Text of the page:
Inventing Beautiful Worlds: How Making Spaces Inspire Ideas at Beginnings Nursery School: A workshop led by teachers from Beginnings Nursery School, a Reggio-inspired school located in New York City, shared stories of how they support children as they make their ideas come to life in their classroom mini-studios. Participants learned techniques for how to present ordinary items in beautiful engaging ways and curate work with and for children.
Children as Citizens in Alternative to Public School Settings: Event about children as citizens in the context of self-directed learning, alternatives to public schools, and home schooling facilitated by Maggie Van Camp of Lesley University. Speakers included: Peter Gray, Research Professor of Psychology at Boston College, author of Free to Learn who presented Mother Nature’s Pedagogy: How Children’s Natural Curiosity, Playfulness, and Sociability Serve Their Education; Kerry McDonald, local author, blogger and unschooling mom of four; Ben Draper of Macomber Center: A self-directed learning community in Framingham, MA; Christine Heer, director, and Lisa Henderson, assistant director, of Sprouts Farm and Forest Kindergarten in Millis, MA. Proceeds benefited the Alliance for Self-Directed Learning.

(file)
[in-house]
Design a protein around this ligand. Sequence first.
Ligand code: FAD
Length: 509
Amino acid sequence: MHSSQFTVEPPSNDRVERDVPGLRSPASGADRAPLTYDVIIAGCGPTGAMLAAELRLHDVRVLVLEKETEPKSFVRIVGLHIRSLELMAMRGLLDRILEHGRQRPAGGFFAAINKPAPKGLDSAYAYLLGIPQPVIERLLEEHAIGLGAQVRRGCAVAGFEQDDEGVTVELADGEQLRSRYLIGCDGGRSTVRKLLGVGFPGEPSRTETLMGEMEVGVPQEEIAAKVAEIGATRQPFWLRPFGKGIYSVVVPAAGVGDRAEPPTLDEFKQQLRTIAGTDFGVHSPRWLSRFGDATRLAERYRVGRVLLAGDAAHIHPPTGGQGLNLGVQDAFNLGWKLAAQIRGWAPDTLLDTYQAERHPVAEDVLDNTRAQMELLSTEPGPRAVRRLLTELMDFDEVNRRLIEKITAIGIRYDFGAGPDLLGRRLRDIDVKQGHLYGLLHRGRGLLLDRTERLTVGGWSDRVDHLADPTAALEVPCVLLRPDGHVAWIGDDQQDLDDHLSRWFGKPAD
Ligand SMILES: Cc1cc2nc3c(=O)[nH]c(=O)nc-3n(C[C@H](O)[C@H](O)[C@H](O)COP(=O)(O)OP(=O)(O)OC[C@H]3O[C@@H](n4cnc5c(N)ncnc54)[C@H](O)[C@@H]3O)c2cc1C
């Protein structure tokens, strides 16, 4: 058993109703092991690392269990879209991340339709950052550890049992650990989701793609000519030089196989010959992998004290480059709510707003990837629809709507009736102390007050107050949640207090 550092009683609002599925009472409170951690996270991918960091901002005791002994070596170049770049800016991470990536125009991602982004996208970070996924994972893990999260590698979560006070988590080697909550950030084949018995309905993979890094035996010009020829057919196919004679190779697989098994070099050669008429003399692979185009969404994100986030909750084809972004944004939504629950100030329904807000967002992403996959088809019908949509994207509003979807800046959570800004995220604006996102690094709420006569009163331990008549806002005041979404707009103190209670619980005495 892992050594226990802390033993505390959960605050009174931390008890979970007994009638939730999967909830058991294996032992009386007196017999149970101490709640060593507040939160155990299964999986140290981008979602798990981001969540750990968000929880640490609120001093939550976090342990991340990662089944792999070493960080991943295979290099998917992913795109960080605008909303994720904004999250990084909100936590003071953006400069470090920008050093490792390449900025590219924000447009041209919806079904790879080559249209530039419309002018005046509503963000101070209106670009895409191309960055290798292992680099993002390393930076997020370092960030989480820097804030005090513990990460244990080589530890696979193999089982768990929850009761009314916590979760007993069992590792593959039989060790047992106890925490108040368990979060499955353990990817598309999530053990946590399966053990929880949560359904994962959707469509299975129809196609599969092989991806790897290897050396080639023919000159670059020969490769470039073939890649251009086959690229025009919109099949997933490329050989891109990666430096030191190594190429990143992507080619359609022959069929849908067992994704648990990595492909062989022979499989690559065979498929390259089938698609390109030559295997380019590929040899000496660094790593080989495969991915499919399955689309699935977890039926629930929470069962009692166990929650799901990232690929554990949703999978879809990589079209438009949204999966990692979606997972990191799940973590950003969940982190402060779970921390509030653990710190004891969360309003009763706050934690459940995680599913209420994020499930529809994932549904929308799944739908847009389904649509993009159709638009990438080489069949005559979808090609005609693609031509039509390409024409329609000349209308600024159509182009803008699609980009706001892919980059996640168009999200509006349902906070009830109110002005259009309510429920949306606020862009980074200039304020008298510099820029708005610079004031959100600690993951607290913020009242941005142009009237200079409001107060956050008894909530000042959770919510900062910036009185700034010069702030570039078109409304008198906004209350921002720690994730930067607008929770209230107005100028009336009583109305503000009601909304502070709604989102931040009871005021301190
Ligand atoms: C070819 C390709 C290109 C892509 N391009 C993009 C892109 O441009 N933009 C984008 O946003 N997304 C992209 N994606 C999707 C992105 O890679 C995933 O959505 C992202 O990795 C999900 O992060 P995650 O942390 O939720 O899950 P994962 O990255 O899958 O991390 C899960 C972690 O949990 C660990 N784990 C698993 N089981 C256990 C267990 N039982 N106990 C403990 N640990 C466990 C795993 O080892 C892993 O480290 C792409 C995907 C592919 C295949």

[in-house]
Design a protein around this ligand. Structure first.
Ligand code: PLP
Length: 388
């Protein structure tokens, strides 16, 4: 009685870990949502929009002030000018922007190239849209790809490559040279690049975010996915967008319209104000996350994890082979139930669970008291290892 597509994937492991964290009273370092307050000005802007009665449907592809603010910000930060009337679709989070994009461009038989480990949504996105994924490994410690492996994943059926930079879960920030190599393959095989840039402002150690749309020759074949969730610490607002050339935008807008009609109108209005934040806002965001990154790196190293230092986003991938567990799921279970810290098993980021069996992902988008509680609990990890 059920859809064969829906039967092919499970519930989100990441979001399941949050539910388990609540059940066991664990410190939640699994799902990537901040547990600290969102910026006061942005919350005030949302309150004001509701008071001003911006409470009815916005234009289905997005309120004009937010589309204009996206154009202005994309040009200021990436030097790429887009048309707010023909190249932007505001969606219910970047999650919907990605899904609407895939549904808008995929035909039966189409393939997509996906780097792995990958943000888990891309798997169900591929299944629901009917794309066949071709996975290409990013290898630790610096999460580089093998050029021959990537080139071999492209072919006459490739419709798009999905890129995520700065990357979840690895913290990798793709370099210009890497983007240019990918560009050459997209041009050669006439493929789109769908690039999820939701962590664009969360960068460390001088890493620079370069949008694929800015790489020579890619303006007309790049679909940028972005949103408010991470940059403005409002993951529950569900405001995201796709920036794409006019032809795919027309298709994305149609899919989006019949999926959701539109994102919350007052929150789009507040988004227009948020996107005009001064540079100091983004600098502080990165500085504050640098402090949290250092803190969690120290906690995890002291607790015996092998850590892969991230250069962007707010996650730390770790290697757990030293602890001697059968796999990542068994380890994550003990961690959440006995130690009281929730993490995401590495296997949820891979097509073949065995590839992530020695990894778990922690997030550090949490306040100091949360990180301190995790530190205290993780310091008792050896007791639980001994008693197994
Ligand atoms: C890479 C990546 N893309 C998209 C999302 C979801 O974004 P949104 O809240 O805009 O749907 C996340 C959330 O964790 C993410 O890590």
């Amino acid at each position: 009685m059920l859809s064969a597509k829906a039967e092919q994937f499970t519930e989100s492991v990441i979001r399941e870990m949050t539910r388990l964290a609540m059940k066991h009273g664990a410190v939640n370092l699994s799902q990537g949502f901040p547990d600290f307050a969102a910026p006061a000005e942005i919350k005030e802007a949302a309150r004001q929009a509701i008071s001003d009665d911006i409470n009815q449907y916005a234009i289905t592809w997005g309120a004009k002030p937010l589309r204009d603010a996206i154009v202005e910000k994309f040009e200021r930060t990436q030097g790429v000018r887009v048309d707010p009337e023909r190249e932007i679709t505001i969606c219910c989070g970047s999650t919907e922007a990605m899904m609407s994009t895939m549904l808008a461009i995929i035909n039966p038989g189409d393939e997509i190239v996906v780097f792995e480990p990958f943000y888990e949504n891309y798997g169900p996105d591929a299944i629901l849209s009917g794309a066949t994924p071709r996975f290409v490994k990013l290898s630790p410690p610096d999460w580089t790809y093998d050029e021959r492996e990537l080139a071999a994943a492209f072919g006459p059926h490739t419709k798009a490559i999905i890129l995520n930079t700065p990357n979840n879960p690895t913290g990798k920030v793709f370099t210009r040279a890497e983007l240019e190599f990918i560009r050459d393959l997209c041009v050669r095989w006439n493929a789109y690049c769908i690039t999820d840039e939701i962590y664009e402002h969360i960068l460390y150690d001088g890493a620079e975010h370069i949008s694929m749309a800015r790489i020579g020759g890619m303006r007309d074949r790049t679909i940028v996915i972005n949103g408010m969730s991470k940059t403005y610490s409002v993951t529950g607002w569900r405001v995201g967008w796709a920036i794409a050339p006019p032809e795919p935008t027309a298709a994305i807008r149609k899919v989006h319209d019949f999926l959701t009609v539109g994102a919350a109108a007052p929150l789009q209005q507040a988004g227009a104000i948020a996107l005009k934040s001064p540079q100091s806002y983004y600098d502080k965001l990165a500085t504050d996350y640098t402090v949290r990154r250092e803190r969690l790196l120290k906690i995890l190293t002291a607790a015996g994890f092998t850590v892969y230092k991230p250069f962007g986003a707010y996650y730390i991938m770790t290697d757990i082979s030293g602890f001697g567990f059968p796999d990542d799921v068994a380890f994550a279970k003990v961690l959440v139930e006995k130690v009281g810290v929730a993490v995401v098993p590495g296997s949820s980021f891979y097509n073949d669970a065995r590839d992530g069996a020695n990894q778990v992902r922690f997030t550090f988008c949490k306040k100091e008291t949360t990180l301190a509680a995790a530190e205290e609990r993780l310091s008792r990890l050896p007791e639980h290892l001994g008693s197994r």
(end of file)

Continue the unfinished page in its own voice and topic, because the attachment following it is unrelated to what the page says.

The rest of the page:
Pop-Up Atelier Family Materials Playdays: Clay, Wire, and Rocks: Families and children enjoyed the “Dialogue with Material” part of the exhibit and played and created using clay, wire, and rocks.
Placing Relationships at the Center: What happens when the social learning becomes the project?: Presented by Lucinda Burk and Cris West, Beginner Teachers from Buckingham Browne and Nichols, participants explored using identity work and the role of the teacher as researcher in creating a culture of inquiry and understanding around emerging social challenges to build, support, and maintain healthy relationships in the classroom.
Teacher’s Studio Night: Playing With Multiple Modes of Representation with Mary Geisser and Meg Kuker: Working with multiple modes of representation supports the development of expressive skills, communication skills, and emergent literacy. In this workshop, participants explored how to get started using multiple modes of representation through drawing, loose parts, wire, and clay. Questions such as, “what do the different materials have to ‘say’ about the concept we are representing?” and “what are the expressive advantages and disadvantages of each medium?” were explored.
Integrating Inquiry and Reggio-Inspired Practices into Physical Movement: Educators from the Advent School shared how their Physical Education program is inspired by the Reggio Emilia Approach and how this work impacts students (ages 4 through 12). Movement and a love for play is an innate part of a child’s development. The Advent School believes in building and expanding on this foundation by investigating the variety of complex movements the body is capable of through an inquiry-based approach. Students explore the science of exercise, sports skills, and physical play with a lens of discovery and empowerment. Curiosity is fostered through risk-taking and question asking, which in turn supports an emergent curriculum that inspires the imaginations of young learners.